Thursday, December 18, 2008

Return on Effort

Most business school programs focus on the financial aspects of an business endeavor, and most specifically tend to focus on one simple parameter: Return-on-Investment, or ROI. Specifically, ROI is determined by calculating the profit (or gain) from any investment or expenditure, subtracting the cost of that investment or expenditure, and dividing the difference by the cost of that investment or expenditure.

While this is a great metric for determining actual expenditures’ returns, it does not really bode well when dealing with intangibles such as services, or activities such as sales, marketing, accounting, etc. A long time ago (30 years ago) I started measuring to a different metric, Return-on-Effort, which took into account how much time, energy, additional assets (such as people), and change any new project will cost and weighed those "costs" against how much easier, faster, or more efficiently you could perform the process by expending that additional effort, to which a formula evolved that will give you a good idea on what ROE is all about.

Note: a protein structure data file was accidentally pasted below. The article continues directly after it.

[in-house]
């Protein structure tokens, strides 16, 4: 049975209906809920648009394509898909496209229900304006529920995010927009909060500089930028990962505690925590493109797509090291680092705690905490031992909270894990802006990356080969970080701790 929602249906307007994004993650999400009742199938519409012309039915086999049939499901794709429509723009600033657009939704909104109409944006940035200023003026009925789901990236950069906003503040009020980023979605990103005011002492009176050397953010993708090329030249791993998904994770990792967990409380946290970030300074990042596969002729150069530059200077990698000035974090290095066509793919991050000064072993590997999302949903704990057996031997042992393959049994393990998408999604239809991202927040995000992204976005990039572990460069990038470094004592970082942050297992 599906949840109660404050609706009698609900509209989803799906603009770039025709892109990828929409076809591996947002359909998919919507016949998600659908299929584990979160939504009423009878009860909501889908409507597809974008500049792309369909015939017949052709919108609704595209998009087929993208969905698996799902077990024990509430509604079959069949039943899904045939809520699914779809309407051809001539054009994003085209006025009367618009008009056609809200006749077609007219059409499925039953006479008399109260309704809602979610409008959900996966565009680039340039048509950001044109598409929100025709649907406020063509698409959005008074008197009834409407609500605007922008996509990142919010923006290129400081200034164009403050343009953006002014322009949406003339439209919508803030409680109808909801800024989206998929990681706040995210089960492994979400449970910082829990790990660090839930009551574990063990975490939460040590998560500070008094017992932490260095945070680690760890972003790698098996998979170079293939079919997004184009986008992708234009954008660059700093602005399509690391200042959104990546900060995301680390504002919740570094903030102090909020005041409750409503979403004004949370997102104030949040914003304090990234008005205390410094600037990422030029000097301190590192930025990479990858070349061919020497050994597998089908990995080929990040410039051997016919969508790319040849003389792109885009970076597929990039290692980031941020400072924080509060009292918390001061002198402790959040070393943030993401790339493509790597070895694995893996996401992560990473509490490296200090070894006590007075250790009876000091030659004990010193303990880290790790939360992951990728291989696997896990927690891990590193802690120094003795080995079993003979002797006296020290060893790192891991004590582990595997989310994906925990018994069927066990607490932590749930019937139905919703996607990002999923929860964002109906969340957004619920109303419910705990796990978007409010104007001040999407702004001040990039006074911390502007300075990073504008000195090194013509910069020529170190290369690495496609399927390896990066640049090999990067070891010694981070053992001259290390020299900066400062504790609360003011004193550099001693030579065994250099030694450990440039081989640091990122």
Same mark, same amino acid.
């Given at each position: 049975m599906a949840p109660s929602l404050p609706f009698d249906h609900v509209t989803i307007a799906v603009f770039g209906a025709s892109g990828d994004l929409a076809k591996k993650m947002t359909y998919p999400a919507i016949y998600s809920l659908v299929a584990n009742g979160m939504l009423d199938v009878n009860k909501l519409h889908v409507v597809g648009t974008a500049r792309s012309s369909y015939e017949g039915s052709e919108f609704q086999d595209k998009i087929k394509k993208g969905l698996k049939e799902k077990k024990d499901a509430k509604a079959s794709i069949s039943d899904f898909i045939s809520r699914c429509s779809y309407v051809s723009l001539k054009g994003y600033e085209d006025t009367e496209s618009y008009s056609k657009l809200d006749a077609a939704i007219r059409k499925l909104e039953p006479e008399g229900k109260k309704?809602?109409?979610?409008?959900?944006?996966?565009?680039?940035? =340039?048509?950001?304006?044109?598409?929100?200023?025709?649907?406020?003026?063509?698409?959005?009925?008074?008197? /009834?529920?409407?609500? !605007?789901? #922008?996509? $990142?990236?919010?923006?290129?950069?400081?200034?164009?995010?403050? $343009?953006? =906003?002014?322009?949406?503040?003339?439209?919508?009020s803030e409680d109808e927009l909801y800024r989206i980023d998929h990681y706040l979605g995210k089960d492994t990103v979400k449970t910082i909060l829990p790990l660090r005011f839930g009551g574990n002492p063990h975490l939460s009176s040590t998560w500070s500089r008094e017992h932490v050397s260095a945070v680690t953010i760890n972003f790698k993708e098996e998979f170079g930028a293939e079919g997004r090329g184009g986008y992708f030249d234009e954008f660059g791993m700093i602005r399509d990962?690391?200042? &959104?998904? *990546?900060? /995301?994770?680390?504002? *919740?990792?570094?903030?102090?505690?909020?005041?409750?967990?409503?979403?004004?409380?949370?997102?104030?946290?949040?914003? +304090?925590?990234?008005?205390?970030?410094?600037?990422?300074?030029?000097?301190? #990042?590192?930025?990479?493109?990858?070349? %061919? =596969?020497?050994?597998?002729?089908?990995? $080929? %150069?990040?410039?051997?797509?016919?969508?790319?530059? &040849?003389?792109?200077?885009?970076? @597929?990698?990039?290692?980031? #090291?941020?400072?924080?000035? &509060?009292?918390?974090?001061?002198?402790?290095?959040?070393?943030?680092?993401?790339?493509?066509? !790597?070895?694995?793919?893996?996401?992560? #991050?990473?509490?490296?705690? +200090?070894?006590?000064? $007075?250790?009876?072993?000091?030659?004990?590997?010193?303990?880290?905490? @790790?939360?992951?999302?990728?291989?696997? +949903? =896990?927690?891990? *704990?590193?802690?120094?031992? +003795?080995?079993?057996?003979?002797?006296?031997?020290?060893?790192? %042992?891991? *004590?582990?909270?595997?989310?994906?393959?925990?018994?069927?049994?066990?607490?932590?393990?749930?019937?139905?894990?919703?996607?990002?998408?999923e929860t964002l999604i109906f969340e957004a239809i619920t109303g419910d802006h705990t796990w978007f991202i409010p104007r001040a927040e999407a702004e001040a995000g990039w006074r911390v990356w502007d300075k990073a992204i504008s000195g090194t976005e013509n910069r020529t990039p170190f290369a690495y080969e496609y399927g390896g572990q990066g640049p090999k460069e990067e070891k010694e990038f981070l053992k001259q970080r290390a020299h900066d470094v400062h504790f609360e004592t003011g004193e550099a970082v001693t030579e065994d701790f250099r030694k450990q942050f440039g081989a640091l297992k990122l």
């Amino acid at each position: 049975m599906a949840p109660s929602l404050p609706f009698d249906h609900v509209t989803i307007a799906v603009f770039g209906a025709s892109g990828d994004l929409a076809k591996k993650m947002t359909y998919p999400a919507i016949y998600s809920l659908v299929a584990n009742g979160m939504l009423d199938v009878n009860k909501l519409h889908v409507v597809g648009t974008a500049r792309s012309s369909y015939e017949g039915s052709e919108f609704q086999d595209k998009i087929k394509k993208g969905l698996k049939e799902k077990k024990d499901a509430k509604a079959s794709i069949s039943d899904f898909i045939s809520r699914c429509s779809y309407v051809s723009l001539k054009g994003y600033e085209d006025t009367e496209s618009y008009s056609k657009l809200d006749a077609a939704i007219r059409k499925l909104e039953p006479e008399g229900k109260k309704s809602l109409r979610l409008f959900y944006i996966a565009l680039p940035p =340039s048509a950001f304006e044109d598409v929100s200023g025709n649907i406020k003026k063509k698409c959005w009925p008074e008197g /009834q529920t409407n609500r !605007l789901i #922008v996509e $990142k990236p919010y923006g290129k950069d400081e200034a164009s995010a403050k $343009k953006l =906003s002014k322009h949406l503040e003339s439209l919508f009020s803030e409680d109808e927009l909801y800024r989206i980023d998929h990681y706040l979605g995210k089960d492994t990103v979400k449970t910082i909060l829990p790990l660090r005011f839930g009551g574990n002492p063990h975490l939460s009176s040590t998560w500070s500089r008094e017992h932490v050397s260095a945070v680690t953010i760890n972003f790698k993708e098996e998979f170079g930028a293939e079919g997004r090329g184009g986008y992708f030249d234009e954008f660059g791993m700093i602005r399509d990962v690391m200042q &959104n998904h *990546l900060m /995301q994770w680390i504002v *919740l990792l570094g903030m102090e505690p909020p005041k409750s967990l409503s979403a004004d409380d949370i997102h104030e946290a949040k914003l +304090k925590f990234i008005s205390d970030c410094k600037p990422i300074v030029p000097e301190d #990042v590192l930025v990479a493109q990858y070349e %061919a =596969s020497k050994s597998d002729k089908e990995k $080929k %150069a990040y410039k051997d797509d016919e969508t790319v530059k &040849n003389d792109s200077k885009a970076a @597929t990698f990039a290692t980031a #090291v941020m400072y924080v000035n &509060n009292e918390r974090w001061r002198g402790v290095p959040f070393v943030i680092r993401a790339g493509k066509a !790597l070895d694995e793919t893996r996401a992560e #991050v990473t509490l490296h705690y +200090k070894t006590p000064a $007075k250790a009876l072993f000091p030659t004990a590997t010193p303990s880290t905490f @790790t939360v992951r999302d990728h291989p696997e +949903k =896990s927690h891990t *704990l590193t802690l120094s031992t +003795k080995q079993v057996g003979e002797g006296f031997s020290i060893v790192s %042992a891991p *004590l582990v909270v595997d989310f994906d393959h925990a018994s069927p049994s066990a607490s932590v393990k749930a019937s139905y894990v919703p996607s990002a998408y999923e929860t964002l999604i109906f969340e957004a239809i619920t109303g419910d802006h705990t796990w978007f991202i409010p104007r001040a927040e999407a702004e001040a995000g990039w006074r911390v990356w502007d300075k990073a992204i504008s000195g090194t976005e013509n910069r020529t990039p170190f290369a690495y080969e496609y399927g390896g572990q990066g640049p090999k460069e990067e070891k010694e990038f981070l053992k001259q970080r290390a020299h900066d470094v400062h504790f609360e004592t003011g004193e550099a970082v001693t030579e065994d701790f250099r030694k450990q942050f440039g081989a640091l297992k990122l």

Of course, you HAVE to quantify what the 'value' of the effort is, and that is the hard part.  A good starting point is to calculate YOUR time and everyone else's at $1,000 per hour. 

When determining how to increase sales, improve market awareness, reduce costs, or go into different markets, keep this Samuel Clemens quote in mind, “If you have a difficult task, give it to a lazy man. He will find an easier way to do it.”  The quintessential essence of Return-On-Effort!


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